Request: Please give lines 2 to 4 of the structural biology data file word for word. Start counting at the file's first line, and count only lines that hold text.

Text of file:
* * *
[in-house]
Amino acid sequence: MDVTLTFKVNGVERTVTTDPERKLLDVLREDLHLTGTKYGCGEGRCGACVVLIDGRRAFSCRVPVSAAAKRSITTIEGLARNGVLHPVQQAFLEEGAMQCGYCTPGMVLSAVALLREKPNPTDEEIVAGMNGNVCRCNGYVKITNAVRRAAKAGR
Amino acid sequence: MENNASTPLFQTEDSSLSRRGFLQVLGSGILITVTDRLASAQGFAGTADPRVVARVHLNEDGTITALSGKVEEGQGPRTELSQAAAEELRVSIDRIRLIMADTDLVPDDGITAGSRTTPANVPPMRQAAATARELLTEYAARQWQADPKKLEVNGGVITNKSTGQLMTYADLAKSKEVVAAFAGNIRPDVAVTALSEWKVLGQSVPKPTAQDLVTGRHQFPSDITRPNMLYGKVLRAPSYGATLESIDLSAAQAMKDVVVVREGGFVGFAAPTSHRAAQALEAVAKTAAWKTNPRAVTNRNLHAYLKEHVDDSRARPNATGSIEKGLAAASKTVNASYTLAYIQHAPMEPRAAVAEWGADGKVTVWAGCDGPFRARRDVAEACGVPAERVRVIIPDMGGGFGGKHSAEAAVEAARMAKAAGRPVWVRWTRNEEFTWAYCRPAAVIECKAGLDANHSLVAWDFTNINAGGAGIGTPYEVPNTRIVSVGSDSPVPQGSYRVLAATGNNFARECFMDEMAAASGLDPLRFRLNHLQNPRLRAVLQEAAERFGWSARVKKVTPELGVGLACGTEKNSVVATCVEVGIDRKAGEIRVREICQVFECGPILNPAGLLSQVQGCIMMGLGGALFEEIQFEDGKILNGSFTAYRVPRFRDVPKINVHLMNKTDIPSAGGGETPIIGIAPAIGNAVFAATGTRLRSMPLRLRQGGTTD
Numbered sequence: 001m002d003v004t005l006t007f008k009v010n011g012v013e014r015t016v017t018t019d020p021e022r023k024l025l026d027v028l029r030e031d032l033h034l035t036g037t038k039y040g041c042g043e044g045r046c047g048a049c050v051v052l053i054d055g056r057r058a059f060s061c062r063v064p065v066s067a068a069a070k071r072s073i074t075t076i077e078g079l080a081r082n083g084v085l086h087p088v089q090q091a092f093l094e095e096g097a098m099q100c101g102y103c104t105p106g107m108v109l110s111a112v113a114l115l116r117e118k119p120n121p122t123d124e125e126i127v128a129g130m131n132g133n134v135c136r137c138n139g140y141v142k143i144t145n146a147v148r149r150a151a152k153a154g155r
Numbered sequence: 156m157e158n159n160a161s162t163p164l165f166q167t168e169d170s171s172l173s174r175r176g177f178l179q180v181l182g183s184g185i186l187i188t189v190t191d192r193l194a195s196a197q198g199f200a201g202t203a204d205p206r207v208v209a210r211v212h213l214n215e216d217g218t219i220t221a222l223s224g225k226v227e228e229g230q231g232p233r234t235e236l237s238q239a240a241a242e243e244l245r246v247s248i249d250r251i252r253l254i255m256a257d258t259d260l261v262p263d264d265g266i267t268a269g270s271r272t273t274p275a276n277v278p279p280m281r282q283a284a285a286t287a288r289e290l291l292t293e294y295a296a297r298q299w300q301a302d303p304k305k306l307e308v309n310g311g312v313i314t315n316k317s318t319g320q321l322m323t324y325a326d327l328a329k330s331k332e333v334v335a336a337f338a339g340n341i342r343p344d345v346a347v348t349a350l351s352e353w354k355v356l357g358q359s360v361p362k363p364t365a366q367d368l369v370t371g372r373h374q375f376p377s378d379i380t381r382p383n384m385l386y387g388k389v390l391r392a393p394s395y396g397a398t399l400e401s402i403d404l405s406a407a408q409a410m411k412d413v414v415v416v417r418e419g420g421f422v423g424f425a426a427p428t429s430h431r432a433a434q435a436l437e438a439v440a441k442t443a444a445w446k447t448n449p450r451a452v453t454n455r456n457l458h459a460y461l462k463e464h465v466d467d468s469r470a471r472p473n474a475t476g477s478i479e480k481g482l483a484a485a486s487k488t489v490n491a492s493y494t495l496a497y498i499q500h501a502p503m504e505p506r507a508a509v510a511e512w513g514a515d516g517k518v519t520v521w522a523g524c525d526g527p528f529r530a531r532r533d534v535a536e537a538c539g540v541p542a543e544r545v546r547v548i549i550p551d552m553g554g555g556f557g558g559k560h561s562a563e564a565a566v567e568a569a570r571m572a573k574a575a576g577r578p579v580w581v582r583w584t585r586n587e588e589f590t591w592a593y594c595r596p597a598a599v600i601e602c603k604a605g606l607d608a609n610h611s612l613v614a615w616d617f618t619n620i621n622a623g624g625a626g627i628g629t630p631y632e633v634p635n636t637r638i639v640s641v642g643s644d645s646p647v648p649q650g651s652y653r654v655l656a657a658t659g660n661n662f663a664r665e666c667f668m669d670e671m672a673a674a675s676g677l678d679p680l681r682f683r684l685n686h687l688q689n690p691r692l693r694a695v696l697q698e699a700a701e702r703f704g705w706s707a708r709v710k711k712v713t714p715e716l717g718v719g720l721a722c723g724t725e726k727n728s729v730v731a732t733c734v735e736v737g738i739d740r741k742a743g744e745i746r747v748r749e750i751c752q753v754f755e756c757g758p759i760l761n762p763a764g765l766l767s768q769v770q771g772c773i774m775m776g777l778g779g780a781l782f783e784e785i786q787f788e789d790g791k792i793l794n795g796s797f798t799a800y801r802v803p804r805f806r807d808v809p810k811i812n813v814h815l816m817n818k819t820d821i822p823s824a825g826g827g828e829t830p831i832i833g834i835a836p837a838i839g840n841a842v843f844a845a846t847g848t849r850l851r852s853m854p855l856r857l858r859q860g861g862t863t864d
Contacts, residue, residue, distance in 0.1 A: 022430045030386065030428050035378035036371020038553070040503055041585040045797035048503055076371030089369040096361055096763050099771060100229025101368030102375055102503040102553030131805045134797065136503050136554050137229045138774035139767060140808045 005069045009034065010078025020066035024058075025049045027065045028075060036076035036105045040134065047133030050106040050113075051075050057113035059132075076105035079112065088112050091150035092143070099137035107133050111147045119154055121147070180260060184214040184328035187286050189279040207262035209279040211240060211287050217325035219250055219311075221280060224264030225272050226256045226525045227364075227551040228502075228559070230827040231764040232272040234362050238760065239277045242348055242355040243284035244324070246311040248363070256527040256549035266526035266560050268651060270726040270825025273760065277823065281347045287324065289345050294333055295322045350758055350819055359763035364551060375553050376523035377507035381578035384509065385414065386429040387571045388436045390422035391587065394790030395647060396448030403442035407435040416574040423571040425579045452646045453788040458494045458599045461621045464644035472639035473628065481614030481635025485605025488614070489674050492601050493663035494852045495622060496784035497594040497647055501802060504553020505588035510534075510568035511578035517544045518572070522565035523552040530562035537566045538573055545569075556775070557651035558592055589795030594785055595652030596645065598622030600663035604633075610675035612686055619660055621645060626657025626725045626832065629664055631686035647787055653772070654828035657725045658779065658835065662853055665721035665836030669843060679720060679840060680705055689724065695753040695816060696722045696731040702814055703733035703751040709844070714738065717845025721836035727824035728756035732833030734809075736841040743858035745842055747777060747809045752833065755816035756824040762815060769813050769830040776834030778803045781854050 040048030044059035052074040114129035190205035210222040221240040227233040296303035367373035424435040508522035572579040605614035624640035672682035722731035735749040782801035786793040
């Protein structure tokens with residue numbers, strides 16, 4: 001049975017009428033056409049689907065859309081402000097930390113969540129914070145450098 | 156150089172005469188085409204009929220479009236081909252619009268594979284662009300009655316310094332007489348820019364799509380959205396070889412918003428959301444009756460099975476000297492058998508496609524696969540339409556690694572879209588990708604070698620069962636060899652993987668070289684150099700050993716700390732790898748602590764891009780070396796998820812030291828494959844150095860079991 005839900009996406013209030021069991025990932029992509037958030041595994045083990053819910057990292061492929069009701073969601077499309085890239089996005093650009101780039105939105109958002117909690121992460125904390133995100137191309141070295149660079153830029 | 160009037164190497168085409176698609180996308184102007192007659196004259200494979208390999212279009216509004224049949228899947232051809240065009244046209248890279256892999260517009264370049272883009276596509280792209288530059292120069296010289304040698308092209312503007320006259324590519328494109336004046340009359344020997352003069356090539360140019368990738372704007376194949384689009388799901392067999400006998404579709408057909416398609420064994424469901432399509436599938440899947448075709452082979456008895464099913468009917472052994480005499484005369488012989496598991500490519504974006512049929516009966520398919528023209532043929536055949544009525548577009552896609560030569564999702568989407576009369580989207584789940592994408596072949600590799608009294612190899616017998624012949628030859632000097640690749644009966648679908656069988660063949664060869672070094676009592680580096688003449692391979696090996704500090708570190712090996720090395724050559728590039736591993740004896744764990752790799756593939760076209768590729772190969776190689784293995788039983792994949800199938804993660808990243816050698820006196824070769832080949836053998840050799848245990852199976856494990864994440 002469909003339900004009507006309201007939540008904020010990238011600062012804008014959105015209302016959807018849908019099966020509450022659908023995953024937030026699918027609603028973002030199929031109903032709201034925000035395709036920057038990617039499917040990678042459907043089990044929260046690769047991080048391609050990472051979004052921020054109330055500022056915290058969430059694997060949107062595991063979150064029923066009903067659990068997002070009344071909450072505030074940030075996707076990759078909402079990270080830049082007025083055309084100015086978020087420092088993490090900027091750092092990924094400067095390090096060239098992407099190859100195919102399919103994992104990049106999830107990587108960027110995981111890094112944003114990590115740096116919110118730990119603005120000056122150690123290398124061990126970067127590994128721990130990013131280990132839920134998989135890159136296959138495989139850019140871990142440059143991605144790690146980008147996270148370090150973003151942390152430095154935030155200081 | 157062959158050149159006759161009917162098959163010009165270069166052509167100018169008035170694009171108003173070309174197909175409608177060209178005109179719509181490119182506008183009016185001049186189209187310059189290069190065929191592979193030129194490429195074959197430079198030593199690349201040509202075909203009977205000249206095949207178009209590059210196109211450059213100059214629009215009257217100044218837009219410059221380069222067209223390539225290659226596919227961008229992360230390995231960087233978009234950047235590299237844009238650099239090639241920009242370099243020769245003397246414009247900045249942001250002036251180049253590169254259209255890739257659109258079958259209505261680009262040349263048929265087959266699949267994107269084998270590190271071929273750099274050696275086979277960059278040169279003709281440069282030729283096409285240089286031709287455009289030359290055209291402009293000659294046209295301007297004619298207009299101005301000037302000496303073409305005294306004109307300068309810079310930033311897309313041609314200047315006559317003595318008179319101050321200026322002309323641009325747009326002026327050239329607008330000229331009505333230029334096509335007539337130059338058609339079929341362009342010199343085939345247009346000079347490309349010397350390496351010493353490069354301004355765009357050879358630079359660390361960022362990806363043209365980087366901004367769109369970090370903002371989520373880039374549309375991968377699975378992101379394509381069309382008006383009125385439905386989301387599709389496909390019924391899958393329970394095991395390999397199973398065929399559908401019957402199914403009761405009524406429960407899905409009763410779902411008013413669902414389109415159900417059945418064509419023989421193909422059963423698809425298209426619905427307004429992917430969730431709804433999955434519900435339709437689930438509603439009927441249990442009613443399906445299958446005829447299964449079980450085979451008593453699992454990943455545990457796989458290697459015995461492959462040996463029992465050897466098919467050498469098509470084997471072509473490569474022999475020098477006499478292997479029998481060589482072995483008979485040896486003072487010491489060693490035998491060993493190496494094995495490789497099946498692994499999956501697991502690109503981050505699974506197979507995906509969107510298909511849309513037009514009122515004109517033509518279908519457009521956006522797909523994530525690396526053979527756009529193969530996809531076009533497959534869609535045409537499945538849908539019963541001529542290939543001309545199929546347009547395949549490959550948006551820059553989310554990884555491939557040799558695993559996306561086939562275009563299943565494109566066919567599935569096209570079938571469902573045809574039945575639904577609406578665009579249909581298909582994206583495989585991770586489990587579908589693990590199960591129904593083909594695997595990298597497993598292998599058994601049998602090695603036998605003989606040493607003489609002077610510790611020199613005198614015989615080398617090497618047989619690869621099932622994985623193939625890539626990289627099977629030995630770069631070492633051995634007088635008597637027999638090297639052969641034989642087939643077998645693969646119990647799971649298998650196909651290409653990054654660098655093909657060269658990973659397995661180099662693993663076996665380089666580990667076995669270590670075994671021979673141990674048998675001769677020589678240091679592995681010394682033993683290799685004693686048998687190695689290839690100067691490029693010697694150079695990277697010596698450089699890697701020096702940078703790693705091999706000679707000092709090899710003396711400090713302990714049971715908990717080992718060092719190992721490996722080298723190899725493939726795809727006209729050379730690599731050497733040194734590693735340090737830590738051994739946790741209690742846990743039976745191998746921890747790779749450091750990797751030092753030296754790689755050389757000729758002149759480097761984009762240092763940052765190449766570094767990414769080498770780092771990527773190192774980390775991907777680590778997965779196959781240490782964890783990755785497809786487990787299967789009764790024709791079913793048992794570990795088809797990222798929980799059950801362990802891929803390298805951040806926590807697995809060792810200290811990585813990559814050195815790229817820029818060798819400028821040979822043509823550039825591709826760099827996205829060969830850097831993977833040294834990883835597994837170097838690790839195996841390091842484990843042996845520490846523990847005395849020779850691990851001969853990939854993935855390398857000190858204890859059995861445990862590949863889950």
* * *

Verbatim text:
Amino acid sequence: MDVTLTFKVNGVERTVTTDPERKLLDVLREDLHLTGTKYGCGEGRCGACVVLIDGRRAFSCRVPVSAAAKRSITTIEGLARNGVLHPVQQAFLEEGAMQCGYCTPGMVLSAVALLREKPNPTDEEIVAGMNGNVCRCNGYVKITNAVRRAAKAGR
Amino acid sequence: MENNASTPLFQTEDSSLSRRGFLQVLGSGILITVTDRLASAQGFAGTADPRVVARVHLNEDGTITALSGKVEEGQGPRTELSQAAAEELRVSIDRIRLIMADTDLVPDDGITAGSRTTPANVPPMRQAAATARELLTEYAARQWQADPKKLEVNGGVITNKSTGQLMTYADLAKSKEVVAAFAGNIRPDVAVTALSEWKVLGQSVPKPTAQDLVTGRHQFPSDITRPNMLYGKVLRAPSYGATLESIDLSAAQAMKDVVVVREGGFVGFAAPTSHRAAQALEAVAKTAAWKTNPRAVTNRNLHAYLKEHVDDSRARPNATGSIEKGLAAASKTVNASYTLAYIQHAPMEPRAAVAEWGADGKVTVWAGCDGPFRARRDVAEACGVPAERVRVIIPDMGGGFGGKHSAEAAVEAARMAKAAGRPVWVRWTRNEEFTWAYCRPAAVIECKAGLDANHSLVAWDFTNINAGGAGIGTPYEVPNTRIVSVGSDSPVPQGSYRVLAATGNNFARECFMDEMAAASGLDPLRFRLNHLQNPRLRAVLQEAAERFGWSARVKKVTPELGVGLACGTEKNSVVATCVEVGIDRKAGEIRVREICQVFECGPILNPAGLLSQVQGCIMMGLGGALFEEIQFEDGKILNGSFTAYRVPRFRDVPKINVHLMNKTDIPSAGGGETPIIGIAPAIGNAVFAATGTRLRSMPLRLRQGGTTD
Numbered sequence: 001m002d003v004t005l006t007f008k009v010n011g012v013e014r015t016v017t018t019d020p021e022r023k024l025l026d027v028l029r030e031d032l033h034l035t036g037t038k039y040g041c042g043e044g045r046c047g048a049c050v051v052l053i054d055g056r057r058a059f060s061c062r063v064p065v066s067a068a069a070k071r072s073i074t075t076i077e078g079l080a081r082n083g084v085l086h087p088v089q090q091a092f093l094e095e096g097a098m099q100c101g102y103c104t105p106g107m108v109l110s111a112v113a114l115l116r117e118k119p120n121p122t123d124e125e126i127v128a129g130m131n132g133n134v135c136r137c138n139g140y141v142k143i144t145n146a147v148r149r150a151a152k153a154g155r